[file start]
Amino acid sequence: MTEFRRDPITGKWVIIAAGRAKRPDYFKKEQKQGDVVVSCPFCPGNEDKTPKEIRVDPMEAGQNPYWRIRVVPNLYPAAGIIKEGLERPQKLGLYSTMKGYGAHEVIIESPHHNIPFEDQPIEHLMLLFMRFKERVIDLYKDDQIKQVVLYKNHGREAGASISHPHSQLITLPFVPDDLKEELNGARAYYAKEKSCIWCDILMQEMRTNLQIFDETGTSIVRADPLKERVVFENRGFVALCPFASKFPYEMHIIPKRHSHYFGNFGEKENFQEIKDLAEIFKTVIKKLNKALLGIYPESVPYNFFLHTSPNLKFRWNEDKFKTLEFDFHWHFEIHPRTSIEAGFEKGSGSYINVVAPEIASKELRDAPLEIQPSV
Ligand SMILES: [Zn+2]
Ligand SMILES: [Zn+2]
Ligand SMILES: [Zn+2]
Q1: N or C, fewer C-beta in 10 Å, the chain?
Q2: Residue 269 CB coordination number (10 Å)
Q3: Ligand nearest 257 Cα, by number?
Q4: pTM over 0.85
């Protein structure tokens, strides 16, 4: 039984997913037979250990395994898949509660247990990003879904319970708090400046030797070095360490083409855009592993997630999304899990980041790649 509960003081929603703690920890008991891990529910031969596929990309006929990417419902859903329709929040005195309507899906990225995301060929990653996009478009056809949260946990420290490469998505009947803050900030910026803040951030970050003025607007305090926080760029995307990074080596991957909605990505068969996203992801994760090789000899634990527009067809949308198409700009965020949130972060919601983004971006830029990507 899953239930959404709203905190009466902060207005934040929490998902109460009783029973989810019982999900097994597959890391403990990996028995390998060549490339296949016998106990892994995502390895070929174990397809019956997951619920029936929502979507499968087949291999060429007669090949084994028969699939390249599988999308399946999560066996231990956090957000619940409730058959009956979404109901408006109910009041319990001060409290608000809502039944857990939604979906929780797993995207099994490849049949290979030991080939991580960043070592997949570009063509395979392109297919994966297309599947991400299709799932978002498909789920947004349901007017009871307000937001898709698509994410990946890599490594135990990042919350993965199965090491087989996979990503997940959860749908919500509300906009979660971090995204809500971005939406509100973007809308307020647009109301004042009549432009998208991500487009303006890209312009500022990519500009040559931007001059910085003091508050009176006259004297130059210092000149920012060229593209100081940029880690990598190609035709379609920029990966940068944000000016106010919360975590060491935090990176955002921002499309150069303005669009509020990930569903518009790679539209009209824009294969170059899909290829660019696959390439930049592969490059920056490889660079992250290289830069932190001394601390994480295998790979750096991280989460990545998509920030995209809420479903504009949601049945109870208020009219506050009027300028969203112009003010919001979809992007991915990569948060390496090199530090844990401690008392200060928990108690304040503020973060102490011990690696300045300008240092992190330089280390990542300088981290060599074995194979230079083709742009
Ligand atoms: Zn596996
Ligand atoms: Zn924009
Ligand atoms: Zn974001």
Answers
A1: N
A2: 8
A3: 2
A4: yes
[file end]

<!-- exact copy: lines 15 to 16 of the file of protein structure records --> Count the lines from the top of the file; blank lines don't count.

A2: 8
A3: 2